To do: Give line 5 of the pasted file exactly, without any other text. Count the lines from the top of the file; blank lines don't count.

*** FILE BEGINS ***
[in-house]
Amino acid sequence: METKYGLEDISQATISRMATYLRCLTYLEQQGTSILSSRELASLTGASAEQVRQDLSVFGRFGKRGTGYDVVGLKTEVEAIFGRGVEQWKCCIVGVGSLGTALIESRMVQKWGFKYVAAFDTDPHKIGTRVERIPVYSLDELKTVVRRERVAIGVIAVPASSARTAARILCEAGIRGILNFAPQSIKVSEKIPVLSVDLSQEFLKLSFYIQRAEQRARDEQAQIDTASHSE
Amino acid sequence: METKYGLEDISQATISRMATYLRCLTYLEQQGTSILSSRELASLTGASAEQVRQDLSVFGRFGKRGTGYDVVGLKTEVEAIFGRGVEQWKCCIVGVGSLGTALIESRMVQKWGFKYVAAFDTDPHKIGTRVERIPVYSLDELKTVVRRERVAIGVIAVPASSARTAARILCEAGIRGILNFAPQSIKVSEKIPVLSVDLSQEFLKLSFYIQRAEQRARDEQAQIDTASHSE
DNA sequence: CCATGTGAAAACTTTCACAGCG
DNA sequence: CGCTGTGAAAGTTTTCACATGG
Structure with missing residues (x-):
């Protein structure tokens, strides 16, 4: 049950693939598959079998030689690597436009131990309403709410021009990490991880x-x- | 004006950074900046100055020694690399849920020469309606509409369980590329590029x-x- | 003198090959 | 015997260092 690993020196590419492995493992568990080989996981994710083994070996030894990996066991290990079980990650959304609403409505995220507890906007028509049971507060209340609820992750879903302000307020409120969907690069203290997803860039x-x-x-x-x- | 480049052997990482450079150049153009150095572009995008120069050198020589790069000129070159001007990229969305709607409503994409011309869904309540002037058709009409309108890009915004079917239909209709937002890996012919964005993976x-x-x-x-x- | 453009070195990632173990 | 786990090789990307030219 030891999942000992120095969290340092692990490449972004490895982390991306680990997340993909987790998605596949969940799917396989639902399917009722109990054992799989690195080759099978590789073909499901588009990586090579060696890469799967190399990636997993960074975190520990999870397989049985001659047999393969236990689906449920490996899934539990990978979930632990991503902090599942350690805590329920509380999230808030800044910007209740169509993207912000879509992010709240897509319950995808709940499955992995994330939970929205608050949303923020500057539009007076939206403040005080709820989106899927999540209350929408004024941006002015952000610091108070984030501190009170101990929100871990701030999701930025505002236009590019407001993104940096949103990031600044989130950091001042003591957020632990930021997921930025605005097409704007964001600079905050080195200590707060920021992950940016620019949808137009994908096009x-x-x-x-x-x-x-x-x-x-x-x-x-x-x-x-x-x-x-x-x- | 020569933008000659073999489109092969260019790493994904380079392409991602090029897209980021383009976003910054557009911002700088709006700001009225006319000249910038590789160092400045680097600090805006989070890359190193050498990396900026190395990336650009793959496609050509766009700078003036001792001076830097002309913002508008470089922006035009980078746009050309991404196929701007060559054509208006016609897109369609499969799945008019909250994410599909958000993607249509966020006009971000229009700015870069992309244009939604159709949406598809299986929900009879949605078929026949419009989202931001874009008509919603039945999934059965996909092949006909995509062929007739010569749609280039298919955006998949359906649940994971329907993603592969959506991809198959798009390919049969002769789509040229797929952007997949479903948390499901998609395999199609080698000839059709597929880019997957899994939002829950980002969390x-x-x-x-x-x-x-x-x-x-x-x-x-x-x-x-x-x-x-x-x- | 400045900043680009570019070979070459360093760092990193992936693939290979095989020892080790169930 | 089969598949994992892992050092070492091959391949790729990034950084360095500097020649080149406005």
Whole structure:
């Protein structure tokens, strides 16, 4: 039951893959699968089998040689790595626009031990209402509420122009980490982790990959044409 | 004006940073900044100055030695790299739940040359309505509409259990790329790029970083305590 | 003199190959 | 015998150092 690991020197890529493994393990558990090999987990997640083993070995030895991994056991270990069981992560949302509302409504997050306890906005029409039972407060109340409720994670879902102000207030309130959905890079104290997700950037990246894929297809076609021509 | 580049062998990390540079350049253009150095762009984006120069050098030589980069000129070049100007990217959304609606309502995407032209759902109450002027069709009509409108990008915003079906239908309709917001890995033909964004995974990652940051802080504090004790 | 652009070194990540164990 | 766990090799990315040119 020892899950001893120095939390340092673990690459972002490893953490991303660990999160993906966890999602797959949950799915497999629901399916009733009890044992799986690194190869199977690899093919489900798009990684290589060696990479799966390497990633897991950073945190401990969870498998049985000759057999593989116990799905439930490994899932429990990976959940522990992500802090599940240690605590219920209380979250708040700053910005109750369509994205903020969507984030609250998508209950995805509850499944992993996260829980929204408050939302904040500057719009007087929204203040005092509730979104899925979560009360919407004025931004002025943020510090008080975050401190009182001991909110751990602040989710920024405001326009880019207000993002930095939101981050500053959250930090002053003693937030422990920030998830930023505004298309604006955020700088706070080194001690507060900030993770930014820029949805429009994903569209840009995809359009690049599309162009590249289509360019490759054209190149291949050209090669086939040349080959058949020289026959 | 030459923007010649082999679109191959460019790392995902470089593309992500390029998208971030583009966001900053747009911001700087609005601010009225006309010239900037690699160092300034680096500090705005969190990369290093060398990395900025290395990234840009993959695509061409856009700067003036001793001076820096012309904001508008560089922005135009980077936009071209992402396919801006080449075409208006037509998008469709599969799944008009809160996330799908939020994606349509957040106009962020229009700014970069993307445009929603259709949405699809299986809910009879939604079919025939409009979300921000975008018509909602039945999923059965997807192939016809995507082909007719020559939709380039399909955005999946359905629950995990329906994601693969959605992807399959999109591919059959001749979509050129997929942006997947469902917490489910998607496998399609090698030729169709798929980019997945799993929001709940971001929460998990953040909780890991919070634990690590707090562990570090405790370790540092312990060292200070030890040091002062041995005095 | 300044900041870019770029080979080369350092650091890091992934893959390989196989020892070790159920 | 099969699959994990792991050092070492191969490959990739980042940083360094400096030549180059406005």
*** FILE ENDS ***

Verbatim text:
DNA sequence: CGCTGTGAAAGTTTTCACATGG